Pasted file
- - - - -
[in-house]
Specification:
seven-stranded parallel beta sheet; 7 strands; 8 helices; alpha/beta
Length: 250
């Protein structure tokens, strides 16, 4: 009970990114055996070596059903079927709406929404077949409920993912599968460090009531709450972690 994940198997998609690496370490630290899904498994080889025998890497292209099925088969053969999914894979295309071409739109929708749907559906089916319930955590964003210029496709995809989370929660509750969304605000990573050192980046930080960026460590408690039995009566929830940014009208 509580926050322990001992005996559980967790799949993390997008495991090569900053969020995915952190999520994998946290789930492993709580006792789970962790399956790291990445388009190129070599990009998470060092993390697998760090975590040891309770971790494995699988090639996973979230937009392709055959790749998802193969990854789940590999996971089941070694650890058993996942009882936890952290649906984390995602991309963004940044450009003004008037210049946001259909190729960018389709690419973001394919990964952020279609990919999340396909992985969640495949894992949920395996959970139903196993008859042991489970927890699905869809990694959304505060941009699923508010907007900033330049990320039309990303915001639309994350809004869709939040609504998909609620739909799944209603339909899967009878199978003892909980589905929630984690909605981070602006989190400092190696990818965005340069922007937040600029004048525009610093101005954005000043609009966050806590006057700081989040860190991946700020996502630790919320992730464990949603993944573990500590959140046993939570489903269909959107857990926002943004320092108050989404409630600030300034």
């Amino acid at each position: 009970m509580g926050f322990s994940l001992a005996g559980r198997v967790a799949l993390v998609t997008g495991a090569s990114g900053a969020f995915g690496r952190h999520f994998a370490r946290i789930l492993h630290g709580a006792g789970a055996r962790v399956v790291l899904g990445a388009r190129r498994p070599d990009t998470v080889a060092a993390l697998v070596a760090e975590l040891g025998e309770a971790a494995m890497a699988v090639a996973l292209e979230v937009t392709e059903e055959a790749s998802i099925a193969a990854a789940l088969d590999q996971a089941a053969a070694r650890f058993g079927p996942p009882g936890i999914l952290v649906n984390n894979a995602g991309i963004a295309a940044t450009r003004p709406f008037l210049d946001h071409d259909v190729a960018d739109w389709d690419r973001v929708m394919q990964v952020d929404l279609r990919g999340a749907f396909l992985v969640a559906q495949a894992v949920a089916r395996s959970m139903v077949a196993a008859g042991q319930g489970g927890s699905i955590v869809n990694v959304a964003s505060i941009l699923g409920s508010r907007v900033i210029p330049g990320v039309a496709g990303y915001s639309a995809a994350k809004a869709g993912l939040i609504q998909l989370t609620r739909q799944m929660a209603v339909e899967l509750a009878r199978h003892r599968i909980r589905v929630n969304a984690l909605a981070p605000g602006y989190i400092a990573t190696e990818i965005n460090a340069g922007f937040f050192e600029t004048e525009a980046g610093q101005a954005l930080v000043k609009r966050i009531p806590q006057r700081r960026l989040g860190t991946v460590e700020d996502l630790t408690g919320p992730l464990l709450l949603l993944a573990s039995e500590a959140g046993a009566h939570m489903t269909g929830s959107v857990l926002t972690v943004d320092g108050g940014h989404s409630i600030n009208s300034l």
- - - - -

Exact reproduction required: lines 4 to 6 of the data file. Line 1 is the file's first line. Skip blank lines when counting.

Length: 250
């Protein structure tokens, strides 16, 4: 009970990114055996070596059903079927709406929404077949409920993912599968460090009531709450972690 994940198997998609690496370490630290899904498994080889025998890497292209099925088969053969999914894979295309071409739109929708749907559906089916319930955590964003210029496709995809989370929660509750969304605000990573050192980046930080960026460590408690039995009566929830940014009208 509580926050322990001992005996559980967790799949993390997008495991090569900053969020995915952190999520994998946290789930492993709580006792789970962790399956790291990445388009190129070599990009998470060092993390697998760090975590040891309770971790494995699988090639996973979230937009392709055959790749998802193969990854789940590999996971089941070694650890058993996942009882936890952290649906984390995602991309963004940044450009003004008037210049946001259909190729960018389709690419973001394919990964952020279609990919999340396909992985969640495949894992949920395996959970139903196993008859042991489970927890699905869809990694959304505060941009699923508010907007900033330049990320039309990303915001639309994350809004869709939040609504998909609620739909799944209603339909899967009878199978003892909980589905929630984690909605981070602006989190400092190696990818965005340069922007937040600029004048525009610093101005954005000043609009966050806590006057700081989040860190991946700020996502630790919320992730464990949603993944573990500590959140046993939570489903269909959107857990926002943004320092108050989404409630600030300034």
């Amino acid at each position: 009970m509580g926050f322990s994940l001992a005996g559980r198997v967790a799949l993390v998609t997008g495991a090569s990114g900053a969020f995915g690496r952190h999520f994998a370490r946290i789930l492993h630290g709580a006792g789970a055996r962790v399956v790291l899904g990445a388009r190129r498994p070599d990009t998470v080889a060092a993390l697998v070596a760090e975590l040891g025998e309770a971790a494995m890497a699988v090639a996973l292209e979230v937009t392709e059903e055959a790749s998802i099925a193969a990854a789940l088969d590999q996971a089941a053969a070694r650890f058993g079927p996942p009882g936890i999914l952290v649906n984390n894979a995602g991309i963004a295309a940044t450009r003004p709406f008037l210049d946001h071409d259909v190729a960018d739109w389709d690419r973001v929708m394919q990964v952020d929404l279609r990919g999340a749907f396909l992985v969640a559906q495949a894992v949920a089916r395996s959970m139903v077949a196993a008859g042991q319930g489970g927890s699905i955590v869809n990694v959304a964003s505060i941009l699923g409920s508010r907007v900033i210029p330049g990320v039309a496709g990303y915001s639309a995809a994350k809004a869709g993912l939040i609504q998909l989370t609620r739909q799944m929660a209603v339909e899967l509750a009878r199978h003892r599968i909980r589905v929630n969304a984690l909605a981070p605000g602006y989190i400092a990573t190696e990818i965005n460090a340069g922007f937040f050192e600029t004048e525009a980046g610093q101005a954005l930080v000043k609009r966050i009531p806590q006057r700081r960026l989040g860190t991946v460590e700020d996502l630790t408690g919320p992730l464990l709450l949603l993944a573990s039995e500590a959140g046993a009566h939570m489903t269909g929830s959107v857990l926002t972690v943004d320092g108050g940014h989404s409630i600030n009208s300034l």